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Two weeks after orbit insertion, Cassini glanced back at Saturn, taking in the entire planet and its expansive rings. Notable here is the bright spot located near the terminator in the planetís southern hemisphere.
The angle of illumination hints at Saturnís tilt relative to the Sun. Currently it is summer in Saturnís southern hemisphere.
The image was taken in visible red light with the wide angle camera on July 13, 2004, from a distance of about 5 million kilometers (3.1 million miles) from Saturn and at a Sun-Saturn-spacecraft, or phase, angle of 95 degrees. The image scale is 299 kilometers (186 miles) per pixel. Contrast has been enhanced slightly to aid visibility.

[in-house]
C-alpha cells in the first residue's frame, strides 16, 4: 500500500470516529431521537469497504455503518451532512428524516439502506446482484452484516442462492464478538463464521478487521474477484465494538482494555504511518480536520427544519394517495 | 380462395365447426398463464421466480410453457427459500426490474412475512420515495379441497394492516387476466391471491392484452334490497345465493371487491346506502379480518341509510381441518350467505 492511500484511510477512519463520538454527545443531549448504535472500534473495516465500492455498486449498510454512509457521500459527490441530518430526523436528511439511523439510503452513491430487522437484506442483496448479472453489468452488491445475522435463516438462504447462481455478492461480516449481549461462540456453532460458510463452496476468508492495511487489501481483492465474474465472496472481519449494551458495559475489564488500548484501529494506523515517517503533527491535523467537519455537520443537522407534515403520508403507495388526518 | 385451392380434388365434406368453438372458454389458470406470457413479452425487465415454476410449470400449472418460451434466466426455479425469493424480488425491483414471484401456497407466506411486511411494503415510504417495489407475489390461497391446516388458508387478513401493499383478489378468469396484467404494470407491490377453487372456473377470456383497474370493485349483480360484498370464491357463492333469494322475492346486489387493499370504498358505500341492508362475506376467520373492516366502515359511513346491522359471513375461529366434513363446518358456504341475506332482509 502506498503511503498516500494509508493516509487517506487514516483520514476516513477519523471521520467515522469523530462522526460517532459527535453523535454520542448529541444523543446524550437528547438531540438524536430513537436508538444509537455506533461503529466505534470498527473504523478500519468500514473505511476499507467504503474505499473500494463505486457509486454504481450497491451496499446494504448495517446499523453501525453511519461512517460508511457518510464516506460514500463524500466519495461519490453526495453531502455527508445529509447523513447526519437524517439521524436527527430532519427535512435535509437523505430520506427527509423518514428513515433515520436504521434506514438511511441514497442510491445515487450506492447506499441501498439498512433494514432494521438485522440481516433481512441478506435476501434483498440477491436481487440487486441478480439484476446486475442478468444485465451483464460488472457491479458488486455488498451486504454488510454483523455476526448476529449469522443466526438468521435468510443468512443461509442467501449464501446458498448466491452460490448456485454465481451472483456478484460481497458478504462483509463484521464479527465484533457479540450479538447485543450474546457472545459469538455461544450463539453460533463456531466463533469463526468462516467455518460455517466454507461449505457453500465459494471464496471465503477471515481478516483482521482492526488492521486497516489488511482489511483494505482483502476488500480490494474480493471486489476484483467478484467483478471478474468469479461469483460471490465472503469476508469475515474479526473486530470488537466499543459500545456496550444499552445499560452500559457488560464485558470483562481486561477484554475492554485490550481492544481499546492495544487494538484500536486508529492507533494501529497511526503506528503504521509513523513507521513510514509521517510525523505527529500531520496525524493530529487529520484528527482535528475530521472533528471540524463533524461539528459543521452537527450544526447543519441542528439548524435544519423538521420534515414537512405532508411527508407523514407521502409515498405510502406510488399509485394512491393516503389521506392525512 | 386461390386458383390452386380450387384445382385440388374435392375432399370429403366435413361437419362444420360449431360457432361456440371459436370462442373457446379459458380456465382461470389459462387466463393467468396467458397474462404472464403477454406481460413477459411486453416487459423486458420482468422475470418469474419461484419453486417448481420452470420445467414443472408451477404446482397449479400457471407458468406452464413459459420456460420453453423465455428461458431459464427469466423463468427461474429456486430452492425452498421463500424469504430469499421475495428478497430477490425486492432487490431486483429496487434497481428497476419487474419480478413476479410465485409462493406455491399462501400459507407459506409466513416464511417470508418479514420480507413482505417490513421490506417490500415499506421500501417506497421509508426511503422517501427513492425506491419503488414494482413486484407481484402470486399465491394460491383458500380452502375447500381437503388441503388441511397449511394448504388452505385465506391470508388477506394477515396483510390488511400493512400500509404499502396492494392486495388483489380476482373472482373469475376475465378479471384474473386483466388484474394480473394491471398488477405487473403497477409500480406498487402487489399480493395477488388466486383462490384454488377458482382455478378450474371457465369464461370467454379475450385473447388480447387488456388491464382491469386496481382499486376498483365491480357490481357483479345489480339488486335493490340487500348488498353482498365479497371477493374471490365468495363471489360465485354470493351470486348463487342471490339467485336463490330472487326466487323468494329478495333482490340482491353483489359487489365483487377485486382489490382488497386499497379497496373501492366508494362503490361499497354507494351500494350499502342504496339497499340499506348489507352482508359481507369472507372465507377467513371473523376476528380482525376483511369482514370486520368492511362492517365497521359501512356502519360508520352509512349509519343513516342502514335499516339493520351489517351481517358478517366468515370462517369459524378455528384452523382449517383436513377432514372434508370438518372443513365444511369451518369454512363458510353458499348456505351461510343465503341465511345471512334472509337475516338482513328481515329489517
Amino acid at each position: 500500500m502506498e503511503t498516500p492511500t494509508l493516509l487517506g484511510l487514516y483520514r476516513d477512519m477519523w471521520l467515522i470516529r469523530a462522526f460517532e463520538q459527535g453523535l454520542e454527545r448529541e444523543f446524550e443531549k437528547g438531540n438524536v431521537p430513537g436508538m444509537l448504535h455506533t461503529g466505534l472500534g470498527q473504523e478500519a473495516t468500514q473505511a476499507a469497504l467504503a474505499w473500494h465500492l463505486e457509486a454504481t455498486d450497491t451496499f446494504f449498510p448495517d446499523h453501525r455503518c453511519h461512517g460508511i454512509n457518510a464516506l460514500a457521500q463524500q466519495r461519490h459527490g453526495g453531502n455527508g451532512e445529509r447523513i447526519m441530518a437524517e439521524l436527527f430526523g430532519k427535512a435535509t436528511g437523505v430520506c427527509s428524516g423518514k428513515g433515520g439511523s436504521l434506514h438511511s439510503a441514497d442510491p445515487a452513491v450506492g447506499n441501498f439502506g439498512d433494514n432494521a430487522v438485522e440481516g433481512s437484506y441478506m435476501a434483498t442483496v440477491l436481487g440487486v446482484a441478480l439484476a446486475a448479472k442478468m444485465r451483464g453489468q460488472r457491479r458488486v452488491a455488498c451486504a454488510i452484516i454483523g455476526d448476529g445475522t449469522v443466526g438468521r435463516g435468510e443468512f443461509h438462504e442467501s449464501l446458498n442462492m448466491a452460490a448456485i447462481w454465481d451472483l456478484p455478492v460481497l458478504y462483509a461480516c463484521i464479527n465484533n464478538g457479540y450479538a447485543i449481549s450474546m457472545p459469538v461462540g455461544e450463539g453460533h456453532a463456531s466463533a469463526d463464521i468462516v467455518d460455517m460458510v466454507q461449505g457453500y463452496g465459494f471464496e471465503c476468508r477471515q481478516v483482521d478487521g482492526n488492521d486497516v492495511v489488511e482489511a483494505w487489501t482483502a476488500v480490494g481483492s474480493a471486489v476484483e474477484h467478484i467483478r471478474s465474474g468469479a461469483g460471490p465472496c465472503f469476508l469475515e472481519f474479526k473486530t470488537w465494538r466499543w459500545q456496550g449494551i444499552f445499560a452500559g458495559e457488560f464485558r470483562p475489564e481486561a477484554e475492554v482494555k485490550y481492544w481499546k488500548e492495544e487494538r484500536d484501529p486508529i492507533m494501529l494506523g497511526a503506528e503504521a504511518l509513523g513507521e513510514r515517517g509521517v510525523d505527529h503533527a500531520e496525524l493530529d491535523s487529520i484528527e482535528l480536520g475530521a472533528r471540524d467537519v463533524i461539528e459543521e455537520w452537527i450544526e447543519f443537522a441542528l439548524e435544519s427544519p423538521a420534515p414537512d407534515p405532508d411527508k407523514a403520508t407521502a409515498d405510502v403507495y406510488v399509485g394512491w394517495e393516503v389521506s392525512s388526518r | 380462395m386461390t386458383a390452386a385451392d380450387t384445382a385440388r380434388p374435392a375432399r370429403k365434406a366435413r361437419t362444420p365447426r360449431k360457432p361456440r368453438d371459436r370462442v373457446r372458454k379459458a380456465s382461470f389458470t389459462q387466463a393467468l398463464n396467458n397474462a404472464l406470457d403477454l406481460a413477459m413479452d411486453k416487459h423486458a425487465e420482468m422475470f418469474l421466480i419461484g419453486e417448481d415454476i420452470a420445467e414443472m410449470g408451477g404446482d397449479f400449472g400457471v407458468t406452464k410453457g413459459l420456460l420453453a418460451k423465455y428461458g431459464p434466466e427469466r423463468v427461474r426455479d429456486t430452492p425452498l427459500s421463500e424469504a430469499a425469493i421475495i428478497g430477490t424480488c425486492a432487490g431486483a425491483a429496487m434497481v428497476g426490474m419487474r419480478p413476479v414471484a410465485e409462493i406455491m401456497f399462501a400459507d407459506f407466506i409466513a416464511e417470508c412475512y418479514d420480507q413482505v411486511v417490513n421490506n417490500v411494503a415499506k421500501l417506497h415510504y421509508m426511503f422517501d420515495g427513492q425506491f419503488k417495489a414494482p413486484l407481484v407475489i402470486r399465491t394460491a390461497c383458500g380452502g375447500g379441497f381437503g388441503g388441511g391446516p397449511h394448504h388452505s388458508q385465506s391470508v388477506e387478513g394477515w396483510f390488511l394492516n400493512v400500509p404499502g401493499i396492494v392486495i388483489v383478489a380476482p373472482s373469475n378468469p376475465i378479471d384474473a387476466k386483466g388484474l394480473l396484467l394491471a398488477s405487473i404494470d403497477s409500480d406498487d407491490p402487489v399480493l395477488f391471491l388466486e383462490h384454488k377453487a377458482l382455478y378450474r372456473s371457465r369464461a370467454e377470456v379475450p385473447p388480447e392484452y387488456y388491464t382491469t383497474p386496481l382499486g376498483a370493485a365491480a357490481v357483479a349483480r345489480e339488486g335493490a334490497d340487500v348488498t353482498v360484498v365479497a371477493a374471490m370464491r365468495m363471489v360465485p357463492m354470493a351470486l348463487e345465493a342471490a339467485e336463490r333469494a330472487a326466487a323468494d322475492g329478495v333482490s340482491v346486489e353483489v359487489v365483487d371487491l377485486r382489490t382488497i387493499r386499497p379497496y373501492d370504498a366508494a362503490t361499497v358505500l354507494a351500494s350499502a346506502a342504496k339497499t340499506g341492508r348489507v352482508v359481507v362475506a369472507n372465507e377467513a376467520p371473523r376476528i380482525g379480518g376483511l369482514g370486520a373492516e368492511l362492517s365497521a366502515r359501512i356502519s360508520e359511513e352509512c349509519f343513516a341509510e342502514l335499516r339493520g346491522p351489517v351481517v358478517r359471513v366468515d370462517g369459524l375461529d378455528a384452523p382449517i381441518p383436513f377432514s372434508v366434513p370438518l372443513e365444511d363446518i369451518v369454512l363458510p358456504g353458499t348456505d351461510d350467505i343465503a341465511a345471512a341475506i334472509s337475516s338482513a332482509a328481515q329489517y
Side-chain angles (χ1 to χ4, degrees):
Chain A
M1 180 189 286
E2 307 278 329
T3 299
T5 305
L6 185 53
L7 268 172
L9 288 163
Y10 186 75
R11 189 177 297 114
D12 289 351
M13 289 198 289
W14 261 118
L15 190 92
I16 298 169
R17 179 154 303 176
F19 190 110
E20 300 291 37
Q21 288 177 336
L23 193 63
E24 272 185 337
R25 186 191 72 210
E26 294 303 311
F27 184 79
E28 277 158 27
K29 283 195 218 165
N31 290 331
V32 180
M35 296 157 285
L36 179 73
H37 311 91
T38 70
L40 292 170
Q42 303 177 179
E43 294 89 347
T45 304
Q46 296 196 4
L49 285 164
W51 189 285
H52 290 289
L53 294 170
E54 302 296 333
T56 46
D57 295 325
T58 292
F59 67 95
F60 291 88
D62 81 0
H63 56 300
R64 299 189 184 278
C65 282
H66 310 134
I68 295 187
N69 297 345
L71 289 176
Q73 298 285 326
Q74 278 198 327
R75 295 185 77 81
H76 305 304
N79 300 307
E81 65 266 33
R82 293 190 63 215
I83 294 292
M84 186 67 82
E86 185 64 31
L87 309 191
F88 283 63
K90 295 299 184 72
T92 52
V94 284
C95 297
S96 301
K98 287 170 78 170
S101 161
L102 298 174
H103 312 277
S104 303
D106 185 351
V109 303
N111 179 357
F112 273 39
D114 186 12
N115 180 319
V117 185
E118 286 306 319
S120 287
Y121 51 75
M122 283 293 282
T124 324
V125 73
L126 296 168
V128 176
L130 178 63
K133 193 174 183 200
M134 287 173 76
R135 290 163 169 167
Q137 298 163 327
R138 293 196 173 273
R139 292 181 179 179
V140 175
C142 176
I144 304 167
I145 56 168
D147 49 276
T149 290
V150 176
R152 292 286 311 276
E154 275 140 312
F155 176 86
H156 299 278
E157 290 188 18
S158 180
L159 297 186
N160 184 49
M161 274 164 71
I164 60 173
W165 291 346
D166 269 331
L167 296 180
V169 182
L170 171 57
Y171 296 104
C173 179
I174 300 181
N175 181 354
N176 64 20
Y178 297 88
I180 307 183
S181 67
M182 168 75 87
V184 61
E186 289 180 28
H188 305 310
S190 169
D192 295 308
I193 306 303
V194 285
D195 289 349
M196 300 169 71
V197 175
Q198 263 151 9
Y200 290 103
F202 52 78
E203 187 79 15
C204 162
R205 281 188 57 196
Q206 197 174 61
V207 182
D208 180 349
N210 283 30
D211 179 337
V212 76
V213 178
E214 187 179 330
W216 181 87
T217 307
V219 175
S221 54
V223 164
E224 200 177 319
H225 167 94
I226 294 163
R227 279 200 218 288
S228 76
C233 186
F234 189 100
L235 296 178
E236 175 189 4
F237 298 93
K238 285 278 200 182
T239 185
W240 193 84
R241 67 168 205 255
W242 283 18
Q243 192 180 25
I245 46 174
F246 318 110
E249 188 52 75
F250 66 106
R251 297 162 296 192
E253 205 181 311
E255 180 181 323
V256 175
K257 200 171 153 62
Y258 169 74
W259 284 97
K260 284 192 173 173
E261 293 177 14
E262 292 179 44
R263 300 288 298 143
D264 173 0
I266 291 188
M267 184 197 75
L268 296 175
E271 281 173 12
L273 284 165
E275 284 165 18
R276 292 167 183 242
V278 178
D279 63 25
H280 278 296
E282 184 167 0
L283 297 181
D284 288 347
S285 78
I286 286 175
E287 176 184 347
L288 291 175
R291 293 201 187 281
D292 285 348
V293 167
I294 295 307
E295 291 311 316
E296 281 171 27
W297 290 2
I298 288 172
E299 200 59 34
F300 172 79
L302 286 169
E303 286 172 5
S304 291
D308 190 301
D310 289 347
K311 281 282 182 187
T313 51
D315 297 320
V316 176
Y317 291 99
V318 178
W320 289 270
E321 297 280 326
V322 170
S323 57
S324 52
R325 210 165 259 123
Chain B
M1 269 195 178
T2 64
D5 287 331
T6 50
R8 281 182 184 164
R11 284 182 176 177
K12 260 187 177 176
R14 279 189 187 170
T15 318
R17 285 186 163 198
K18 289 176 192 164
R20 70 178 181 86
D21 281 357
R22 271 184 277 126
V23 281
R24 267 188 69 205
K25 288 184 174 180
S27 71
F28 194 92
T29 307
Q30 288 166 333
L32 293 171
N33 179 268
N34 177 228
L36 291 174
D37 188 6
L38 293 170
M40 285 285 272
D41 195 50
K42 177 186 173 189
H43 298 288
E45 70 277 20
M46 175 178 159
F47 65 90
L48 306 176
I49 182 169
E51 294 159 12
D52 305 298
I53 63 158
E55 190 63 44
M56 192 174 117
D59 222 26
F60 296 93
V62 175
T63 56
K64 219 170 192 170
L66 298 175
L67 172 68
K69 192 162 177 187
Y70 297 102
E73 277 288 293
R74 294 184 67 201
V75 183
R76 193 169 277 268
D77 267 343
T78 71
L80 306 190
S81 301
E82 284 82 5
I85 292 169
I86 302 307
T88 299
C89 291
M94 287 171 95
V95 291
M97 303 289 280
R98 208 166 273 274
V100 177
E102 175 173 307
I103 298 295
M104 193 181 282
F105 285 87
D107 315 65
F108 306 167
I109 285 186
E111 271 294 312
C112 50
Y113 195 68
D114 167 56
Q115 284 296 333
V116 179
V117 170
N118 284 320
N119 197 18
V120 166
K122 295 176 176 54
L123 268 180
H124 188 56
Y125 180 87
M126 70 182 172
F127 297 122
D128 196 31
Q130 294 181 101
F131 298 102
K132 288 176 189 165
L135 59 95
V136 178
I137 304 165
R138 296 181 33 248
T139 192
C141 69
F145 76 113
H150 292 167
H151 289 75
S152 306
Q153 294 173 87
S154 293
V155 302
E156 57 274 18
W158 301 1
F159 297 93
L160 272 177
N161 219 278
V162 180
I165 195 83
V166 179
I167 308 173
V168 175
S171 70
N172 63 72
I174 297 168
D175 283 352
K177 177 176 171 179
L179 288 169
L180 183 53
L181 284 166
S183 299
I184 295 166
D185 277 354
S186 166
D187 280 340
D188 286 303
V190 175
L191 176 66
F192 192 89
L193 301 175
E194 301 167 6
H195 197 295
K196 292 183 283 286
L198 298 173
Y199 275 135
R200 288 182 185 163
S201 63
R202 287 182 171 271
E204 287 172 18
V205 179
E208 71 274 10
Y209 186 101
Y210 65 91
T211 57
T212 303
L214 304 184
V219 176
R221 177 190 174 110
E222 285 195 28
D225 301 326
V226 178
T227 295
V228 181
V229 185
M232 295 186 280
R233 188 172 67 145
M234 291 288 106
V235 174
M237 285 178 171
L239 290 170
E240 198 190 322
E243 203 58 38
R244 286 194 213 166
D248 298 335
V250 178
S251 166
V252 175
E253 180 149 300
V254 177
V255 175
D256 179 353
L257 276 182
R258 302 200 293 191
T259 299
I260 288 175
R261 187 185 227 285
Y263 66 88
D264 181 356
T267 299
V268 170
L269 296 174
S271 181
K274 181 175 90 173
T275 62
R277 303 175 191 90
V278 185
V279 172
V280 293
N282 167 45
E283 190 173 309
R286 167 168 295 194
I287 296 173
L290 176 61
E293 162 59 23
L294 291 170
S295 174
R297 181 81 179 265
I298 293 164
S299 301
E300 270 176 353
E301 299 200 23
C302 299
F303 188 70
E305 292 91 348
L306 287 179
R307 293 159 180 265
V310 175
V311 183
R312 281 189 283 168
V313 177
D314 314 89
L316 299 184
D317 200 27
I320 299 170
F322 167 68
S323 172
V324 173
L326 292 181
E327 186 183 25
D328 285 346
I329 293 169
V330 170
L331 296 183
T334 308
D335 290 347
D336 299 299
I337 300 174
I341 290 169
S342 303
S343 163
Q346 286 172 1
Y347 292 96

The Cassini-Huygens mission is a cooperative project of NASA, the European Space Agency and the Italian Space Agency. The Jet Propulsion Laboratory, a division of the California Institute of Technology in Pasadena, manages the Cassini-Huygens mission for NASA's Office of Space Science, Washington, D.C. The imaging team consists of scientists from the US, England, France, and Germany. The imaging operations center and team lead (Dr. C. Porco) are based at the Space Science Institute in Boulder, Colo.